“Home Sweet Home” – But Not If It’s Rented Or Leased:

The property market is enjoying a summer boom. The worry is a winter bust”. This was the sombre assessment by the Guardian, in an editorial on 3rd September, of the “frenzy” in house buying which has taken place in Britain during the summer. This has been due, it noted, to a combination of a rebound in transactions after the months of lock-down, the suspension on 8th July by Chancellor of the Exchequer, Rishi Sunak, of stamp duty on properties worth less than £500,000 and the Bank of England’s decision to release a “flood of ultra-cheap money” in response to the pandemic.

The Guardian also shared the view expressed by the Economist in its July 25th/31st edition, that this “fragile revival” is likely to be undermined by the forecast steep rise in unemployment (“3.5 million by Christmas”) following the phasing out of the furlough scheme in October, along with a possible “no-deal Brexit” and the rescinding of the “stamp duty holiday” on 31st March 2021.

One significant outcome of “the worst job crisis in decades”, warned the Guardian, will be that some households will struggle to keep up their mortgage instalments, hence the Chancellor should “negotiate with mortgage lenders to forestall mass repossessions” and also extend beyond September the ban on landlords evicting the many tenants around the country who are currently facing difficulties in paying their rent.

Everybody deserves to have a home that is supportive to their happiness, health and wealth”, the Irish Feng Shui expert and author of “The Happy Home”, Patricia Lohan, has declared.. Similarly, the American writer, Catherine Pulsifer, considers “Home is where we should feel safe and comfortable”. Although renters and leaseholders no doubt would agree wholeheartedly with such sentiments, that’s not at the moment the reality for a large proportion of them.

The Economist article, citing housing charity estimates, observed that around 200,000 private tenants in Britain have slipped into rent arrears over the past six months and a “host of issues”, such as repairs badly or tardily done and the frequent prohibition on keeping pets, has made it hard for them to treat their accommodation as a home. Furthermore, although the cost of buying with a mortgage is now less than renting, the rising deposit requirements mean that they are unable to get onto even the first rung of the “property ladder”.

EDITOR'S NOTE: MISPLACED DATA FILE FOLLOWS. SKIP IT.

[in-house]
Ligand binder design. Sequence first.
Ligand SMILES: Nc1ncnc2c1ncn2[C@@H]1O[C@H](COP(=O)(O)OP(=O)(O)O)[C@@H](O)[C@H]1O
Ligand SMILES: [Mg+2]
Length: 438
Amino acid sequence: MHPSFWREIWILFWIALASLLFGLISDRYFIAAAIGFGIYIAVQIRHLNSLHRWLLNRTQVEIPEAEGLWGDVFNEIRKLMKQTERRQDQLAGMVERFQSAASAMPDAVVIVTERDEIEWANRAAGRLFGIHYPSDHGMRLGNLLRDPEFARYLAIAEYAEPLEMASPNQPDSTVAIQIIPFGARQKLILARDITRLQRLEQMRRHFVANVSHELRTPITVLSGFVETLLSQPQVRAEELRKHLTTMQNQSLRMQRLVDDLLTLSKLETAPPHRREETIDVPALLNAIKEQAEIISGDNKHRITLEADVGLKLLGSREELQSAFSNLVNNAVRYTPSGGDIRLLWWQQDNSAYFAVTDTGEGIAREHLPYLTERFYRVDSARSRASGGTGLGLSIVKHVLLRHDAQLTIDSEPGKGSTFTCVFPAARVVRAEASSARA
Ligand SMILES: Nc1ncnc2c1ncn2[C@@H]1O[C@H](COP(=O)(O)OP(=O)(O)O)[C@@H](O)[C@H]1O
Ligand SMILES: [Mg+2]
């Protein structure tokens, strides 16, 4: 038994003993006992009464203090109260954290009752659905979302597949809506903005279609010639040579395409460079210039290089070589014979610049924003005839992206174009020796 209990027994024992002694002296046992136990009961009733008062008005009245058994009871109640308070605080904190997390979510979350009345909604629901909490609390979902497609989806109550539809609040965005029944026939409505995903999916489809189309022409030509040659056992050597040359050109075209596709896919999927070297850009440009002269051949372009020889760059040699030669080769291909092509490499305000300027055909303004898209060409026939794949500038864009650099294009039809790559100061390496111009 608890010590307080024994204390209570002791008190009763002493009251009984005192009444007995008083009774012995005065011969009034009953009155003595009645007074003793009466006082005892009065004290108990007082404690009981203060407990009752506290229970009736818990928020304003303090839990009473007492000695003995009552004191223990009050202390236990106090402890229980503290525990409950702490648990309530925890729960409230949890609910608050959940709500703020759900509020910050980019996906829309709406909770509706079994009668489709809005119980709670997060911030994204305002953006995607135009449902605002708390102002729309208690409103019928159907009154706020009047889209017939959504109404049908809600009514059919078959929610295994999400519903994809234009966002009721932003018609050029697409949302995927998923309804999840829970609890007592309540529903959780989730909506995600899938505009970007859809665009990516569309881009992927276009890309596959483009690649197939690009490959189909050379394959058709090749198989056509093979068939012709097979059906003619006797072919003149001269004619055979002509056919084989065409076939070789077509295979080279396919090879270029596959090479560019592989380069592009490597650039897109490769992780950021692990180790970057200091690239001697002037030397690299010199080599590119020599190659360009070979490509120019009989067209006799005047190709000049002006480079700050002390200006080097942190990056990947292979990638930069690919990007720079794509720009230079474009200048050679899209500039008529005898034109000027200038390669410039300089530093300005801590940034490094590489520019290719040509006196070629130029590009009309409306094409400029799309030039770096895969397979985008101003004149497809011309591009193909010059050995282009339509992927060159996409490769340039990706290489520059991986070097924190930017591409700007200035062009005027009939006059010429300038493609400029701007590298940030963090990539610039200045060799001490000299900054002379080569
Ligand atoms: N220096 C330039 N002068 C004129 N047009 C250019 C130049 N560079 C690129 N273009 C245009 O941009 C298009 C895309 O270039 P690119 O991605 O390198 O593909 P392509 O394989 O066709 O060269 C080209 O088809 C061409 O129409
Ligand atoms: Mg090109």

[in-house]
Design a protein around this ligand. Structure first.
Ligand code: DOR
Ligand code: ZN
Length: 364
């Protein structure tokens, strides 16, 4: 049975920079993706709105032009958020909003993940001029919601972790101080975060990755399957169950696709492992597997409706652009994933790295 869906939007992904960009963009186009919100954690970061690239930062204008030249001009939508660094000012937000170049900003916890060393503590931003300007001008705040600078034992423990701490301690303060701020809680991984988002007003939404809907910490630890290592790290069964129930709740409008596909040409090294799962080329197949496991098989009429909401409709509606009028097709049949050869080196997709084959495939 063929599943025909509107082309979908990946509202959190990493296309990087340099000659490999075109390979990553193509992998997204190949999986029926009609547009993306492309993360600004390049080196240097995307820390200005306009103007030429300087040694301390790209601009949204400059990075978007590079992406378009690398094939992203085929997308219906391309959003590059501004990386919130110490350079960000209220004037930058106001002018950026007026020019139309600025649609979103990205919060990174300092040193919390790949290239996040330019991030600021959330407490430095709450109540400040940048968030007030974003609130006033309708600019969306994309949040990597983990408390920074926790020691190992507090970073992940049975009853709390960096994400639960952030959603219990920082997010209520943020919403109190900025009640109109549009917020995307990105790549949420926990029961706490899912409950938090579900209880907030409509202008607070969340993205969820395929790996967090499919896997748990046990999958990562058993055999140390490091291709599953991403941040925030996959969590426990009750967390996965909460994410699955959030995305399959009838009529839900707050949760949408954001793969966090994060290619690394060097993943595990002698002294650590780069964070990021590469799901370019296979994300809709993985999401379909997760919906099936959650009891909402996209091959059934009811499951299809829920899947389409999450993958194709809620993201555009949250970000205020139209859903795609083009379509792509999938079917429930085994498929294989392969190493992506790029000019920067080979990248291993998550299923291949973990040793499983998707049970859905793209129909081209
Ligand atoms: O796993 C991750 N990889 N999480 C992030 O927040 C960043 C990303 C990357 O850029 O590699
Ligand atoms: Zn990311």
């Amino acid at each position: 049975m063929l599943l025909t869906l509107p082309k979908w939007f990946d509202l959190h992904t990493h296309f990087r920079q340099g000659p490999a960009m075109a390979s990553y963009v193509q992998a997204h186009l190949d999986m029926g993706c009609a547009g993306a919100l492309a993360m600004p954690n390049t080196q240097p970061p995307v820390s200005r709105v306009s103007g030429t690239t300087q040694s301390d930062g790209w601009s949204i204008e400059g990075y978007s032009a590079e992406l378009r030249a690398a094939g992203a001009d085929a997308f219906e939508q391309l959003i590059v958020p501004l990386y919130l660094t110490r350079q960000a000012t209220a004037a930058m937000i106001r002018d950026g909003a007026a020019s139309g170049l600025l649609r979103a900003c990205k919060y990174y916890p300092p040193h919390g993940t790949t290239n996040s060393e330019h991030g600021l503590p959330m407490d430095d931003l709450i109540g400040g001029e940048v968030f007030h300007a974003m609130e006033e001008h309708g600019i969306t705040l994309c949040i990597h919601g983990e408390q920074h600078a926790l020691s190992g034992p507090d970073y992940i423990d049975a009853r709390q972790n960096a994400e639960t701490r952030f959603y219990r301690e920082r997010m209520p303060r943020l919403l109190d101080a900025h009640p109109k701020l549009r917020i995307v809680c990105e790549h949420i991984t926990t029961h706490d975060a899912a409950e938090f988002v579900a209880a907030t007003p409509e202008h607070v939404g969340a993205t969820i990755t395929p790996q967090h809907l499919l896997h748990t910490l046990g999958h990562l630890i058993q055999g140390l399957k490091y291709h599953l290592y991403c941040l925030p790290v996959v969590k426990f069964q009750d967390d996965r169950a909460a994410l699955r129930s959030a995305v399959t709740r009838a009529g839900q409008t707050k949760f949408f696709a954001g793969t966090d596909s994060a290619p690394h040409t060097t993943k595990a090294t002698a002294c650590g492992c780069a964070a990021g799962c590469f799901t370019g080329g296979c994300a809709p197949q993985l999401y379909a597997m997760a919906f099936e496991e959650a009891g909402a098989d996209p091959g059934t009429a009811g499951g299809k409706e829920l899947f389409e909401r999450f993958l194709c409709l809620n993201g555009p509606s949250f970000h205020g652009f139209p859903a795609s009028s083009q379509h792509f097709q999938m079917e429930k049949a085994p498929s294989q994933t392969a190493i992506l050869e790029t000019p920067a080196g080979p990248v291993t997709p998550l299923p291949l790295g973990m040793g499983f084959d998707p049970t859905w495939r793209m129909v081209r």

According to the Sunday Times journalists, James Coney and Kate Palmer, on 13th September, the UK’s biggest building society, Nationwide, has placed a restriction on the use of money from parents or grandparents. Instead, an aspiring purchaser now needs to prove that 75% of the deposit has come from their own savings.

This could well exacerbate a situation whereby, as the Guardian’s economics correspondent, Richard Partington observed on 10th February, “one in three of the millennial generation, born between the mid-1980’s and the mid-1990’s, are expected to never own their own home”.

Data issued by the Office for National Statistics (ONS) indicates that in effect “home ownership has collapsed for adults in their prime working age”. In a press bulletin on 8th September, the “Generation Rent” (GR) organisation called for the Government to pass emergency legislation which will ensure renters who have been hit by the pandemic do not lose their homes this autumn.

The results of a survey GR conducted show that 68% of those questioned are having to reduce their spending, are getting into debt or using up their savings in order to meet their rent. Finding an alternative, affordable place to live is not always an option if their income has been cut and “letting agents automatically reject anyone on state benefits”

The circumstances appear to be no better for those who live in a leasehold property. The Ministry of Housing, Communities and Local Government calculates that there are 4.5 million of these in England – 69% of them flats and just 31% houses. Unlike a freeholder, a leaseholder only has the right to stay there for a specified period of time. As Ross Clark, a contributor to Spears Magazine, has scathingly pointed out, “this is an arrangement which is almost universal in apartment buildings in England yet hardly exists elsewhere on Earth”. It’s all too easy, he asserts, for freeholders to impose excessive, even ridiculous, service and repair charges.

The Spectator magazine’s assistant editor, Emma Byrne, in its 29th August edition, highlighted the huge financial burden which will fall on herself and the other 600,00 residents in 11,300 tower blocks around the UK where the inflammable cladding needs to be replaced following the Grenfell fire in 2017. Because she hasn’t yet received an External Wall Fire Review (EWSI) form, she can’t sell or remortgage her flat, which consequently renders it“technically worthless”.

The Competition and Markets Authority (CMA) acknowledged in a statement published on 28th February that it had found “troubling evidence of potential mis-selling and unfair contract terms” and hence that it would be launching a probe into abuses within the industry. The National Leasehold Campaign (NLC) is advocating that the system, which “provides neither true home ownership nor real control”, should be completely abolished.

Filed under: Politics, Society | Posted on September 16th, 2020 by Colin D Gordon

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